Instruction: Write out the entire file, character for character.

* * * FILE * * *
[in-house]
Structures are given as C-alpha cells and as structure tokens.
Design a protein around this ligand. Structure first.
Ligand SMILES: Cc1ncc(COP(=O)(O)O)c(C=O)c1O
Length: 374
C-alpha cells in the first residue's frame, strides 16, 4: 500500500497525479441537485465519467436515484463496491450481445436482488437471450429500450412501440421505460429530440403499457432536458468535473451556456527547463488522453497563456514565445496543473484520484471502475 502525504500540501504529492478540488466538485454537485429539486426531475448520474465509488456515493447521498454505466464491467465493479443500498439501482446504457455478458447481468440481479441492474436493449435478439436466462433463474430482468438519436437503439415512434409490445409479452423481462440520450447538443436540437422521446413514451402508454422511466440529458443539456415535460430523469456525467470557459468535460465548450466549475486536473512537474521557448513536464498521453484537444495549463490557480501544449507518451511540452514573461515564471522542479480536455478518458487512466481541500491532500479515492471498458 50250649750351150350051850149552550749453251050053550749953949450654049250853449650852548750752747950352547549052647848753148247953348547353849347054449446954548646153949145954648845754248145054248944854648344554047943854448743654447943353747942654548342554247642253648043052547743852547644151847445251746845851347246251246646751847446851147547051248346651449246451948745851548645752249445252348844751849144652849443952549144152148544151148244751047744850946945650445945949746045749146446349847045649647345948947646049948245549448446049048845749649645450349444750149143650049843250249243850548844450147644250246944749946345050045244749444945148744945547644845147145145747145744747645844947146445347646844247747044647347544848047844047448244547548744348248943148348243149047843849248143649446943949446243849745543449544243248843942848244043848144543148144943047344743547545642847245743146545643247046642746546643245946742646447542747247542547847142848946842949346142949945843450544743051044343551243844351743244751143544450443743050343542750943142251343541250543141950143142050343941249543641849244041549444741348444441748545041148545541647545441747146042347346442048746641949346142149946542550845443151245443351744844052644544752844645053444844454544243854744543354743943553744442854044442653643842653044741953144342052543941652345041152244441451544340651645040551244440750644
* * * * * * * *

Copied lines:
[in-house]
Structures are given as C-alpha cells and as structure tokens.
Design a protein around this ligand. Structure first.
Ligand SMILES: Cc1ncc(COP(=O)(O)O)c(C=O)c1O
Length: 374
C-alpha cells in the first residue's frame, strides 16, 4: 500500500497525479441537485465519467436515484463496491450481445436482488437471450429500450412501440421505460429530440403499457432536458468535473451556456527547463488522453497563456514565445496543473484520484471502475 502525504500540501504529492478540488466538485454537485429539486426531475448520474465509488456515493447521498454505466464491467465493479443500498439501482446504457455478458447481468440481479441492474436493449435478439436466462433463474430482468438519436437503439415512434409490445409479452423481462440520450447538443436540437422521446413514451402508454422511466440529458443539456415535460430523469456525467470557459468535460465548450466549475486536473512537474521557448513536464498521453484537444495549463490557480501544449507518451511540452514573461515564471522542479480536455478518458487512466481541500491532500479515492471498458 50250649750351150350051850149552550749453251050053550749953949450654049250853449650852548750752747950352547549052647848753148247953348547353849347054449446954548646153949145954648845754248145054248944854648344554047943854448743654447943353747942654548342554247642253648043052547743852547644151847445251746845851347246251246646751847446851147547051248346651449246451948745851548645752249445252348844751849144652849443952549144152148544151148244751047744850946945650445945949746045749146446349847045649647345948947646049948245549448446049048845749649645450349444750149143650049843250249243850548844450147644250246944749946345050045244749444945148744945547644845147145145747145744747645844947146445347646844247747044647347544848047844047448244547548744348248943148348243149047843849248143649446943949446243849745543449544243248843942848244043848144543148144943047344743547545642847245743146545643247046642746546643245946742646447542747247542547847142848946842949346142949945843450544743051044343551243844351743244751143544450443743050343542750943142251343541250543141950143142050343941249543641849244041549444741348444441748545041148545541647545441747146042347346442048746641949346142149946542550845443151245443351744844052644544752844645053444844454544243854744543354743943553744442854044442653643842653044741953144342052543941652345041152244441451544340651645040551244440750644